Netflix director and screenwriter we are all dead have intertwined subtle nuances throughout its Korean drama storyline. Fans have already seen the small details regarding On-jo’s storyline. On first viewing, fans may not have noticed the emotional backstory behind the whistle played by Cheong-san and Gyeong-su in We are all Dead. Once knowing the backstory behind the melody, fans will find certain death scenes in the K-drama even more heartbreaking.
Cheong-san and Gyeong-su whistle each other in “All of Us Are Dead”
In Netflix’s hit K-drama, Cheong-san and Gyeong-su are best friends who have probably grown up together over the years. Like any pair of best friends, they have their own secret messages, interests, and inside jokes. In we are all dead When Cheong-san and Gyeong-su leave school in Episode 1, Gyeong-su whistles a familiar tune.
Fans might think nothing of it until episode 3. Gyeong-su is accused by Na-yeong of being infected and self-quarantining in the music room. Cheong-san walks up to him and whistles the same tune. Gyeong-su realizes what he’s doing and whistles in unison. They share a knowing smile among friends.
The scene turns tragic when Na-yeon makes a mistake when Gyeong-su doesn’t turn around. She pretends to apologize and infects him with zombie blood. When he begins to shoot, the characters have no choice. To get Gyeong-su’s attention, Cheong-san hisses their tune and forces Gyeong-su to fall out the window.
The tune the characters whistle in ‘All of Us Are Dead’ is ‘Auld Lang Syne’
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The whistle rhythm and melody used by Cheong-san and Gyeong-su would sound familiar to many viewers. According to Classic FM, the whistle is Auld Lang Syne of Scottish origin. The tune is often sung during New Years to symbolize never forgetting old friends. Knowing this, the whistle scene in we are all dead Episode 3 is more emotional.
Cheong-san whistled Gyeong-su’s tune when he was ostracized for being potentially infected. In his final moments with his best friend, Cheong-san whistled the tune. He knows he would probably lose his friend forever. According to the Ministry of Interior and Security, Auld Lang Syne has a different meaning in Korea.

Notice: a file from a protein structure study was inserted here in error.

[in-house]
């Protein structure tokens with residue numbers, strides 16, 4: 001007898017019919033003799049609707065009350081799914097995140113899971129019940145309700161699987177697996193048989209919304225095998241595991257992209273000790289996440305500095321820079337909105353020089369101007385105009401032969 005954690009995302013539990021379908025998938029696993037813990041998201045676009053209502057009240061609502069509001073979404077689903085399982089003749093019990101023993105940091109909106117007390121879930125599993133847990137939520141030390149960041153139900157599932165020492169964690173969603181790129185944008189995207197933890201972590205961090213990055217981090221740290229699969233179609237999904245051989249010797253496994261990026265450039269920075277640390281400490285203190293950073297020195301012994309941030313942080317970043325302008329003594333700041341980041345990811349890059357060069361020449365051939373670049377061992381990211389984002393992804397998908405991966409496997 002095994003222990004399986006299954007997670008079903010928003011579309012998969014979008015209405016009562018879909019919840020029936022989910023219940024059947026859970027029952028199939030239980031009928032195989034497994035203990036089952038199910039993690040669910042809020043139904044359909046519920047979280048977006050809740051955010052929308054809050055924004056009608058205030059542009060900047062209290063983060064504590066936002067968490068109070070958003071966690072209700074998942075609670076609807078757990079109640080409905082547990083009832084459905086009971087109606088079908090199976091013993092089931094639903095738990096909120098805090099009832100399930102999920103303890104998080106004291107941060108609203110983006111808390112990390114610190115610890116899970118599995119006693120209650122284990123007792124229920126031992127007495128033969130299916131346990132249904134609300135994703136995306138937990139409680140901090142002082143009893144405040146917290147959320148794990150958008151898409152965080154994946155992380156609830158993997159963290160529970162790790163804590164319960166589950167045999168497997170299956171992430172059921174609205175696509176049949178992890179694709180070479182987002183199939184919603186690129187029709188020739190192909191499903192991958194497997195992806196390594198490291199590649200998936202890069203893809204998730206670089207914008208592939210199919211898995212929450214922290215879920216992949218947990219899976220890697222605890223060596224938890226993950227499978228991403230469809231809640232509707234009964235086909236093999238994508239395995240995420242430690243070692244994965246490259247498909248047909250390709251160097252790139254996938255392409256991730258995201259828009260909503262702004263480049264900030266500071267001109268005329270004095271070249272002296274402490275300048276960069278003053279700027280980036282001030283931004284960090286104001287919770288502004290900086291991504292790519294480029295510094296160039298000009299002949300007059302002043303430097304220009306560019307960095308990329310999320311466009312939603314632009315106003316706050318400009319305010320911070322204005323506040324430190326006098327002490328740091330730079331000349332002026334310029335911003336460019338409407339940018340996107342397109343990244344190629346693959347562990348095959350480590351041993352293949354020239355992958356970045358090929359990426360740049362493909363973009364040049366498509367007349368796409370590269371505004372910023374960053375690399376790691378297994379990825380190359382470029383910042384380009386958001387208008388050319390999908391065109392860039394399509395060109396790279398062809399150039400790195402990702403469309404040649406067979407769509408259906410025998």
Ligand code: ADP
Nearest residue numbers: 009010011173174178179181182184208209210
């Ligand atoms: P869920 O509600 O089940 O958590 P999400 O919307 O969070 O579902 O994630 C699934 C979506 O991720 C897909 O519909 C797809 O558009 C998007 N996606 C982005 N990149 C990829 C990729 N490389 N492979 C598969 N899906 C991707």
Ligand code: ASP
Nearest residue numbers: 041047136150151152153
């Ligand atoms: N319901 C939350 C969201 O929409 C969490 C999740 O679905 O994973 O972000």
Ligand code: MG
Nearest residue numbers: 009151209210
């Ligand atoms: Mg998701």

The whistle or tune is known as “Aegukga”. It is part of the national anthem of South Korea. Korean composer Ahn Eak-tai changed the melody while studying abroad in the 1930s. “In Korea, the lyrics continued to be sung to the Scottish folk song until the Korean government was established in 1948 after the nation’s independence from Japan,” the site explains.
The site explains that the song has “been part of the destiny of the people in good times and bad, they remember the love their ancestors had for the nation.” Fans can interpret Cheong-san’s whistle, and Gyeong-su meant standing side by side through the good and the bad in we are all dead.
The ‘All of Us Are Dead’ Soundtrack Has Another Deeper Meaning
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According to Classic FM, audiences can hear “Miserere mei, Deus” by Gregorio Allegri. Again, viewers might think nothing of it. the we are all dead director used the song for a reason. The song first appears in Episode 1 as the students participate in extracurricular activities and cleanup. Viewers see a video recording of the school choir singing “Miserere mei, Deus”.
The song continues to play for a short while as the scene changes. The scene shows patient zero infected with the mouse. This all makes sense when you consider that the English translation of the song means “Have mercy on me, oh God.” Viewers will get a chill realizing that the song foreshadows the horrific reality that all college students will soon face.
When the main characters hatch a plan to use sound to create a diversion to escape, they also use the choir’s recording of them singing “Miserere mei, Deus”.